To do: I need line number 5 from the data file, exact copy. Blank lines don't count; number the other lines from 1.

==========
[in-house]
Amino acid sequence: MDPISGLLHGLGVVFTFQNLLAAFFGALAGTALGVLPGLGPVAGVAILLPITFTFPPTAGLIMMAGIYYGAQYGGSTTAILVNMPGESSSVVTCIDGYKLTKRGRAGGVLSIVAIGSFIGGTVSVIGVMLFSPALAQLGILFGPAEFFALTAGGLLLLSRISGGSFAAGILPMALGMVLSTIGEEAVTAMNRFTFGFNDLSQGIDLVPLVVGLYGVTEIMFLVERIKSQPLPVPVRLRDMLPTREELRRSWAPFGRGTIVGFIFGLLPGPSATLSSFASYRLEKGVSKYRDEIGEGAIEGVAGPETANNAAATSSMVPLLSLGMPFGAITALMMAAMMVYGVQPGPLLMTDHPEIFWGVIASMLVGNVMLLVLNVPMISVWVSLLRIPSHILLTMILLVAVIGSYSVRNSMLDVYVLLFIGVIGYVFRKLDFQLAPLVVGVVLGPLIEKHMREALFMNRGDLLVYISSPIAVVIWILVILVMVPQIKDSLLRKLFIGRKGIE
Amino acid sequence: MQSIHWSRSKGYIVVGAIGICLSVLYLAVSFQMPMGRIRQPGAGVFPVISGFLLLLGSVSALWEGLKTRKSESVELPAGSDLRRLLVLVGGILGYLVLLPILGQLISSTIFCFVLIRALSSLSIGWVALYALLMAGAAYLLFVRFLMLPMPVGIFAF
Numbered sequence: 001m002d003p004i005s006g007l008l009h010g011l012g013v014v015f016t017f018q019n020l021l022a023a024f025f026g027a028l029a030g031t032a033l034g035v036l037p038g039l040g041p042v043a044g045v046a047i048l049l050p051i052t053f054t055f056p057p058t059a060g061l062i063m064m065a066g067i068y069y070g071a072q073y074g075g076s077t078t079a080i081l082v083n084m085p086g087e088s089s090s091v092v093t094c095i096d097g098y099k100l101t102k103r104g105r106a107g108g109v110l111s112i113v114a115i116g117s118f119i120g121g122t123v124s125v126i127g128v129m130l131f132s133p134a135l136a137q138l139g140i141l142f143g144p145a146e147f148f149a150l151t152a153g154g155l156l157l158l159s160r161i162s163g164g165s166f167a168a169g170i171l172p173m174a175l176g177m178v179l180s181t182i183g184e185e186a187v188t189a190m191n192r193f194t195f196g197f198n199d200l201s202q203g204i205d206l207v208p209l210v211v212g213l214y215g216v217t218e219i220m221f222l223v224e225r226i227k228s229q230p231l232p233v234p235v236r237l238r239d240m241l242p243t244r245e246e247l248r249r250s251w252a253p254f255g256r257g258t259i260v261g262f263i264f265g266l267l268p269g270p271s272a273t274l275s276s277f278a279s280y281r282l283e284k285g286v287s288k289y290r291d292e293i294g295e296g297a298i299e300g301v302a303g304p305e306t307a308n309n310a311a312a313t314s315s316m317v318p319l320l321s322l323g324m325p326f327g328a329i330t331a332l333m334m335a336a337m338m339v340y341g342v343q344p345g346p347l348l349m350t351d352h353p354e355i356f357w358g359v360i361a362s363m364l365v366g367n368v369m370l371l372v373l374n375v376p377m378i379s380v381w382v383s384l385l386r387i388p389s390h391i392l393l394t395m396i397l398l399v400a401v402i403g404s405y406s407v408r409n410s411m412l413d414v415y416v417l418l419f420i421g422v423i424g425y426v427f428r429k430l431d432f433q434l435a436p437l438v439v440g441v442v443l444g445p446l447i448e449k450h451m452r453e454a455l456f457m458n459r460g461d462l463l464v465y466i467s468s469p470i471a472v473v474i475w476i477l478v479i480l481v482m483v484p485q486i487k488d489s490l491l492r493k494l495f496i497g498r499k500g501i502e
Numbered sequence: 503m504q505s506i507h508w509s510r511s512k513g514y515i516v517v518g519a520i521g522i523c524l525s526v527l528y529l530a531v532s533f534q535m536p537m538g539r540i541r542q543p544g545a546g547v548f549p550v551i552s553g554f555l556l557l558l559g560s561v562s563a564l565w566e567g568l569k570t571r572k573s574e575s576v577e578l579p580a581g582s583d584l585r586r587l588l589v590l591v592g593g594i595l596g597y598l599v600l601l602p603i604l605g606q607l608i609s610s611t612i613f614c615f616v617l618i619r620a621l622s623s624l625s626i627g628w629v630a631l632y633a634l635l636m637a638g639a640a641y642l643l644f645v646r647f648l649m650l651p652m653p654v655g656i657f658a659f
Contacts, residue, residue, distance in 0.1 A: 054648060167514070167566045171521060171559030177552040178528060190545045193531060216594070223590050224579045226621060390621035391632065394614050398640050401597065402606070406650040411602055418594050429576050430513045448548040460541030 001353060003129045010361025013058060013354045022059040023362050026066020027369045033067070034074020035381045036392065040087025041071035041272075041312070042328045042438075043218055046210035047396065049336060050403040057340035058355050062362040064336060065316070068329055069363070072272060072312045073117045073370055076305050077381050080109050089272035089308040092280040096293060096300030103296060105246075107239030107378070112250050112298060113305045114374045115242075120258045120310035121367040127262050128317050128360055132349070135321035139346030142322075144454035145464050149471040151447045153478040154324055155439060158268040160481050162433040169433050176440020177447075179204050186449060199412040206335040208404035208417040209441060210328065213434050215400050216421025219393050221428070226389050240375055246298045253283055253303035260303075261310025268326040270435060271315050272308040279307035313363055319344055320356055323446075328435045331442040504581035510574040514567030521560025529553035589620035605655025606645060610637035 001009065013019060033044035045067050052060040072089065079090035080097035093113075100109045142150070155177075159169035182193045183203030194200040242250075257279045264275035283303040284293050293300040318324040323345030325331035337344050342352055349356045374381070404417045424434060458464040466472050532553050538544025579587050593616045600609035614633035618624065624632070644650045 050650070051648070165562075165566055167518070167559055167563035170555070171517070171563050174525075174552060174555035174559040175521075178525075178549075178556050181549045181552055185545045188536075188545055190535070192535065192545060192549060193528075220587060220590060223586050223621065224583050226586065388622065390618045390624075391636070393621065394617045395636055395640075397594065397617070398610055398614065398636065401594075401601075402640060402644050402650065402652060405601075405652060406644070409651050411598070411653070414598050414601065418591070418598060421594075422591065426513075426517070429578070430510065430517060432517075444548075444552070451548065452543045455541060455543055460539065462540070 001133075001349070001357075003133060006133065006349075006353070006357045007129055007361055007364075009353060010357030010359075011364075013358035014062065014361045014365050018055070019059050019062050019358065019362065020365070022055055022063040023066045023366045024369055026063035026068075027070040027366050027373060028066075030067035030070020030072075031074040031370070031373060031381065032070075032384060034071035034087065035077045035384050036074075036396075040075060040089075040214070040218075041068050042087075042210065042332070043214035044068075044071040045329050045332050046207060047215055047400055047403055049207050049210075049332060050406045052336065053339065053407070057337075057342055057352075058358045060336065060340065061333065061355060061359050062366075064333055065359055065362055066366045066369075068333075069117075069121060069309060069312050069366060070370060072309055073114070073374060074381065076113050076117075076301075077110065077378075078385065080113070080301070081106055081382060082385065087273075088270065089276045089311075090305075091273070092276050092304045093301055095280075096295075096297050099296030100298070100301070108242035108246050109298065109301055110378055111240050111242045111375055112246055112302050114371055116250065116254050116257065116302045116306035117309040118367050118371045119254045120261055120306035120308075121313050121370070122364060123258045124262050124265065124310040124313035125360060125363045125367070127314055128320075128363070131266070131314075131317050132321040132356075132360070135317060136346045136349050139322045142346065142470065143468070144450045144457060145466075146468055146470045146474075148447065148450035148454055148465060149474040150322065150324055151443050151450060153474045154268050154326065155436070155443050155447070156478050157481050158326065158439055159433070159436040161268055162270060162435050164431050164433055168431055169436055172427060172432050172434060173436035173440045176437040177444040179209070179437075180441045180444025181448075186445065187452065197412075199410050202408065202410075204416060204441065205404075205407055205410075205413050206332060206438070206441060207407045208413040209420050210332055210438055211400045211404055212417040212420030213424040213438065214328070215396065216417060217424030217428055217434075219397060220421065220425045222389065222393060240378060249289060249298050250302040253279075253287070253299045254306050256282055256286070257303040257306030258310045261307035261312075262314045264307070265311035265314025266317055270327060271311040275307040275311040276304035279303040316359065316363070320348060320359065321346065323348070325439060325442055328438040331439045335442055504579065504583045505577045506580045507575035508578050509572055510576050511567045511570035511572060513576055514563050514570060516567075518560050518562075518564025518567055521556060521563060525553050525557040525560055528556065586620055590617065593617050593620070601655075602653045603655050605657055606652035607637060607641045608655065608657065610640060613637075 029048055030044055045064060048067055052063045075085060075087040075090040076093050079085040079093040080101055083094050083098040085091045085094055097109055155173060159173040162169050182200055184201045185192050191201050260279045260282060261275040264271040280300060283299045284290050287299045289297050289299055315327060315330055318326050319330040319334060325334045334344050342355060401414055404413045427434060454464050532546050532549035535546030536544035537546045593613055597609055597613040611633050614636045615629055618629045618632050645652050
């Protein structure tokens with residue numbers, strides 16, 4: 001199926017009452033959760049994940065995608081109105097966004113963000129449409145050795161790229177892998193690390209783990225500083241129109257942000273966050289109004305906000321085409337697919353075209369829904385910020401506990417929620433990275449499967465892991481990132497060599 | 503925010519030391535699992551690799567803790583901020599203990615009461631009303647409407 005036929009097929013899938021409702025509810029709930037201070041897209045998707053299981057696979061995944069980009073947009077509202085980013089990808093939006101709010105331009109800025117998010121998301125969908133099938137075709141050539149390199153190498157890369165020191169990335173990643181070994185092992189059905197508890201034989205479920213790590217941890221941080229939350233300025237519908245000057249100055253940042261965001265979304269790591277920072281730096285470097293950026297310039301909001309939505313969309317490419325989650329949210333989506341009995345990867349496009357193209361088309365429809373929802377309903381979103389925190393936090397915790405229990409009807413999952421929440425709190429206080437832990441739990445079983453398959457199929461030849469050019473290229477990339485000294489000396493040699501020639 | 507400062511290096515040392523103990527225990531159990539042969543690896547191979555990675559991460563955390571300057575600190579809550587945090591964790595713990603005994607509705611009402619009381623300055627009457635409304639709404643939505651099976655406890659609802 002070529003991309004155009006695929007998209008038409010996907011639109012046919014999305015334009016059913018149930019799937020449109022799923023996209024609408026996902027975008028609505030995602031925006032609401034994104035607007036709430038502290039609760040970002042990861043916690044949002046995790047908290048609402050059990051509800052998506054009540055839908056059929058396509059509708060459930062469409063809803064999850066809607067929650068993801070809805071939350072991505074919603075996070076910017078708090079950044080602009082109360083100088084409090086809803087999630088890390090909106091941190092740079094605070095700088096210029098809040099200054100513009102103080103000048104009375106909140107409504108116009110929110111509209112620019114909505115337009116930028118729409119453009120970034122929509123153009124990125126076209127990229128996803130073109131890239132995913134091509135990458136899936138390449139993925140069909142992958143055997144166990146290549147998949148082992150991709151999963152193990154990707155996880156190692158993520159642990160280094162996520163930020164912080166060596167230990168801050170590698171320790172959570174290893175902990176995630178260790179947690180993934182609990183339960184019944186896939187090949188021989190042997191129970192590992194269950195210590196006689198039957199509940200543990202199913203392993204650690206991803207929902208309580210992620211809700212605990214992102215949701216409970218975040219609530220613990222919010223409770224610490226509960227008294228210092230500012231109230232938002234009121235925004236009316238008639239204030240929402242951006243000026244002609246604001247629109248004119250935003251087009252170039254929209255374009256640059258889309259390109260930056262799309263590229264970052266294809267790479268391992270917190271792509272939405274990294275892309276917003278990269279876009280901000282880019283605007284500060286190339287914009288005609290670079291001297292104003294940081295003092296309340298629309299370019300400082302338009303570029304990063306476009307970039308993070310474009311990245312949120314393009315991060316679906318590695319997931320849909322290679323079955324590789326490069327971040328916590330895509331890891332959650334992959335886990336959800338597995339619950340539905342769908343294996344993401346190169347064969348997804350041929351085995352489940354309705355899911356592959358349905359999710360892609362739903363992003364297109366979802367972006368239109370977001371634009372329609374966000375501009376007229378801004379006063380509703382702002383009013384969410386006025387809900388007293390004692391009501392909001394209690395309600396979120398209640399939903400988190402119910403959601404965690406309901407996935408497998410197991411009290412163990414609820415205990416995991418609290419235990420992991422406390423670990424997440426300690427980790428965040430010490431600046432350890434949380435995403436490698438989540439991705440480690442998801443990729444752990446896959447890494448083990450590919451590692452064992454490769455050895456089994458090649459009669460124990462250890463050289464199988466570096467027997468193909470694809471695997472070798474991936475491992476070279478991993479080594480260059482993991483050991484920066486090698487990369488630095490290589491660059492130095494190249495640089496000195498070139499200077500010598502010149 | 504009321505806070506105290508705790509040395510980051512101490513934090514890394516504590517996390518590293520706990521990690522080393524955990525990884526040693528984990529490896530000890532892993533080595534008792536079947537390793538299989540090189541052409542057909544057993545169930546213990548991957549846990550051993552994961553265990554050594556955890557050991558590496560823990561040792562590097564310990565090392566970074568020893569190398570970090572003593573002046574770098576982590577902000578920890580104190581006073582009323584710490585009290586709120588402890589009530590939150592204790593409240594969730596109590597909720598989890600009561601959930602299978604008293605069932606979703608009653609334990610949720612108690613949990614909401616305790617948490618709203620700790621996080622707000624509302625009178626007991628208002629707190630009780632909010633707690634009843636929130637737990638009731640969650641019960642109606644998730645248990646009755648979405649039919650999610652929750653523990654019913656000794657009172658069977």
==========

Numbered sequence: 503m504q505s506i507h508w509s510r511s512k513g514y515i516v517v518g519a520i521g522i523c524l525s526v527l528y529l530a531v532s533f534q535m536p537m538g539r540i541r542q543p544g545a546g547v548f549p550v551i552s553g554f555l556l557l558l559g560s561v562s563a564l565w566e567g568l569k570t571r572k573s574e575s576v577e578l579p580a581g582s583d584l585r586r587l588l589v590l591v592g593g594i595l596g597y598l599v600l601l602p603i604l605g606q607l608i609s610s611t612i613f614c615f616v617l618i619r620a621l622s623s624l625s626i627g628w629v630a631l632y633a634l635l636m637a638g639a640a641y642l643l644f645v646r647f648l649m650l651p652m653p654v655g656i657f658a659f